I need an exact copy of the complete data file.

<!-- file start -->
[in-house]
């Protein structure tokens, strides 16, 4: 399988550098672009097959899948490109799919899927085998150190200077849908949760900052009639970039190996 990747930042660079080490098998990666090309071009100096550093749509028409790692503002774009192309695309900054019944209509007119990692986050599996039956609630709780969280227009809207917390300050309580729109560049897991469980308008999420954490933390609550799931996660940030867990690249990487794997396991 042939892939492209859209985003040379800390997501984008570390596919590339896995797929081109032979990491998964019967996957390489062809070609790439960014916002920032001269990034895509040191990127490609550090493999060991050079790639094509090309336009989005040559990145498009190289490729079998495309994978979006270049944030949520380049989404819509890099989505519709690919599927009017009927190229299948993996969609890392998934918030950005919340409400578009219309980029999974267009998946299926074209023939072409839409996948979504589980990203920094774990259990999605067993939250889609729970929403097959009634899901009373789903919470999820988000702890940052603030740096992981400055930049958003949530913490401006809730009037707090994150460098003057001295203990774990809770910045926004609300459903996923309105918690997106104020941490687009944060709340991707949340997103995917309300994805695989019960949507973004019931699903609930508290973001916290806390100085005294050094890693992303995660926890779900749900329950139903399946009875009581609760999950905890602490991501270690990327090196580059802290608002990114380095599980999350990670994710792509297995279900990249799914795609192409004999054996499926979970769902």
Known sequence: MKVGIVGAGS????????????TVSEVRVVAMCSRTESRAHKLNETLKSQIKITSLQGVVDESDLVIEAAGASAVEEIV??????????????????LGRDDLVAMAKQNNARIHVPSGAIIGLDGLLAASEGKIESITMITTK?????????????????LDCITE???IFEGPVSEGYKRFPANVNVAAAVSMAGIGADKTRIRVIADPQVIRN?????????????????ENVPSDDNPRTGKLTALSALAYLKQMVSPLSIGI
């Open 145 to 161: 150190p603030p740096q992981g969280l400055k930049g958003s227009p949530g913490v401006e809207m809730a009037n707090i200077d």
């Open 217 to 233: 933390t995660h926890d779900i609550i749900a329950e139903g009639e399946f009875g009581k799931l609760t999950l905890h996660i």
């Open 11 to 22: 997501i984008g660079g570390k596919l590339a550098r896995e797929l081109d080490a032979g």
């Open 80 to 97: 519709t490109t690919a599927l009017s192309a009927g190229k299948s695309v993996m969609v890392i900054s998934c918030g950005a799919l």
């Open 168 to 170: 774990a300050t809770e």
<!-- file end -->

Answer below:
[in-house]
């Protein structure tokens, strides 16, 4: 399988550098672009097959899948490109799919899927085998150190200077849908949760900052009639970039190996 990747930042660079080490098998990666090309071009100096550093749509028409790692503002774009192309695309900054019944209509007119990692986050599996039956609630709780969280227009809207917390300050309580729109560049897991469980308008999420954490933390609550799931996660940030867990690249990487794997396991 042939892939492209859209985003040379800390997501984008570390596919590339896995797929081109032979990491998964019967996957390489062809070609790439960014916002920032001269990034895509040191990127490609550090493999060991050079790639094509090309336009989005040559990145498009190289490729079998495309994978979006270049944030949520380049989404819509890099989505519709690919599927009017009927190229299948993996969609890392998934918030950005919340409400578009219309980029999974267009998946299926074209023939072409839409996948979504589980990203920094774990259990999605067993939250889609729970929403097959009634899901009373789903919470999820988000702890940052603030740096992981400055930049958003949530913490401006809730009037707090994150460098003057001295203990774990809770910045926004609300459903996923309105918690997106104020941490687009944060709340991707949340997103995917309300994805695989019960949507973004019931699903609930508290973001916290806390100085005294050094890693992303995660926890779900749900329950139903399946009875009581609760999950905890602490991501270690990327090196580059802290608002990114380095599980999350990670994710792509297995279900990249799914795609192409004999054996499926979970769902």
Known sequence: MKVGIVGAGS????????????TVSEVRVVAMCSRTESRAHKLNETLKSQIKITSLQGVVDESDLVIEAAGASAVEEIV??????????????????LGRDDLVAMAKQNNARIHVPSGAIIGLDGLLAASEGKIESITMITTK?????????????????LDCITE???IFEGPVSEGYKRFPANVNVAAAVSMAGIGADKTRIRVIADPQVIRN?????????????????ENVPSDDNPRTGKLTALSALAYLKQMVSPLSIGI
């Open 145 to 161: 150190p603030p740096q992981g969280l400055k930049g958003s227009p949530g913490v401006e809207m809730a009037n707090i200077d």
């Open 217 to 233: 933390t995660h926890d779900i609550i749900a329950e139903g009639e399946f009875g009581k799931l609760t999950l905890h996660i």
């Open 11 to 22: 997501i984008g660079g570390k596919l590339a550098r896995e797929l081109d080490a032979g």
């Open 80 to 97: 519709t490109t690919a599927l009017s192309a009927g190229k299948s695309v993996m969609v890392i900054s998934c918030g950005a799919l």
């Open 168 to 170: 774990a300050t809770e």